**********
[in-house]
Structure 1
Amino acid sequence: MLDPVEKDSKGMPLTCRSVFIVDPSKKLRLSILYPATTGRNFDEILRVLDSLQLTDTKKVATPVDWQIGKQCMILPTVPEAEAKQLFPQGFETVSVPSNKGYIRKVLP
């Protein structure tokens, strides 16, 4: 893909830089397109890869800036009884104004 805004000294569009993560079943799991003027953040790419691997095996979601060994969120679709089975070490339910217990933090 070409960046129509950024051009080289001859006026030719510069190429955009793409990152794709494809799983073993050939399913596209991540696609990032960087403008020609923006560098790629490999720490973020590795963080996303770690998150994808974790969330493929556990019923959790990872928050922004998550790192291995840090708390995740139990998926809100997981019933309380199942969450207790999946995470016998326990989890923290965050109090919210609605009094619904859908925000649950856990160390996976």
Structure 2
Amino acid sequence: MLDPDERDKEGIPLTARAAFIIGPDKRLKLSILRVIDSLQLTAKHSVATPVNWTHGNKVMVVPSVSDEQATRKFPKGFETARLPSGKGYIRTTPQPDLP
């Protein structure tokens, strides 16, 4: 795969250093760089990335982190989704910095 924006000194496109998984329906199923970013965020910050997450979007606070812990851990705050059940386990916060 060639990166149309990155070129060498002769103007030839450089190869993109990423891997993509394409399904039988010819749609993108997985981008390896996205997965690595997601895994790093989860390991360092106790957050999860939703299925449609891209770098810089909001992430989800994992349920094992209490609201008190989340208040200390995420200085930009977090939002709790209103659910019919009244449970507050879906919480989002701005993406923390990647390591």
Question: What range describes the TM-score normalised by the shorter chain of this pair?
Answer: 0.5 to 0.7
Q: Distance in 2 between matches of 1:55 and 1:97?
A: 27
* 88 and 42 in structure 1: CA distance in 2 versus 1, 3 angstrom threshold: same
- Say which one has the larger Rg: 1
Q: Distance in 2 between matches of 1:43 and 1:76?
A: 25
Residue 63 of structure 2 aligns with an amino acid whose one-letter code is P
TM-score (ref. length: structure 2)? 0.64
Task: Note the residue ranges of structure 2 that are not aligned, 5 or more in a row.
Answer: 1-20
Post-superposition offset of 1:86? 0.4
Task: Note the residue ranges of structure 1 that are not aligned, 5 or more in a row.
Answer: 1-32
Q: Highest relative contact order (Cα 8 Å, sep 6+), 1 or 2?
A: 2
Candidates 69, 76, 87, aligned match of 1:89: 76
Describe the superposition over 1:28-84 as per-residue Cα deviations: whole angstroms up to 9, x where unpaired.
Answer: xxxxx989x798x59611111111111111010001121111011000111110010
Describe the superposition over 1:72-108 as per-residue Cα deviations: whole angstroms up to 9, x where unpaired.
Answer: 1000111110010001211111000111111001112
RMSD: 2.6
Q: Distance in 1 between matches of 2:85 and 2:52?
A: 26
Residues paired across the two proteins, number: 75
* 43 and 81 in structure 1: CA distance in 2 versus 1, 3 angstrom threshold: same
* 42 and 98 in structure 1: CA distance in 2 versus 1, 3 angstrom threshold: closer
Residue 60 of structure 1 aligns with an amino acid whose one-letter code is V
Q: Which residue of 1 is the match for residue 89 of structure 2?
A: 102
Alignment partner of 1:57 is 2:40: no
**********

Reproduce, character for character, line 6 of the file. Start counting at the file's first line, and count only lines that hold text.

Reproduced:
Amino acid sequence: MLDPDERDKEGIPLTARAAFIIGPDKRLKLSILRVIDSLQLTAKHSVATPVNWTHGNKVMVVPSVSDEQATRKFPKGFETARLPSGKGYIRTTPQPDLP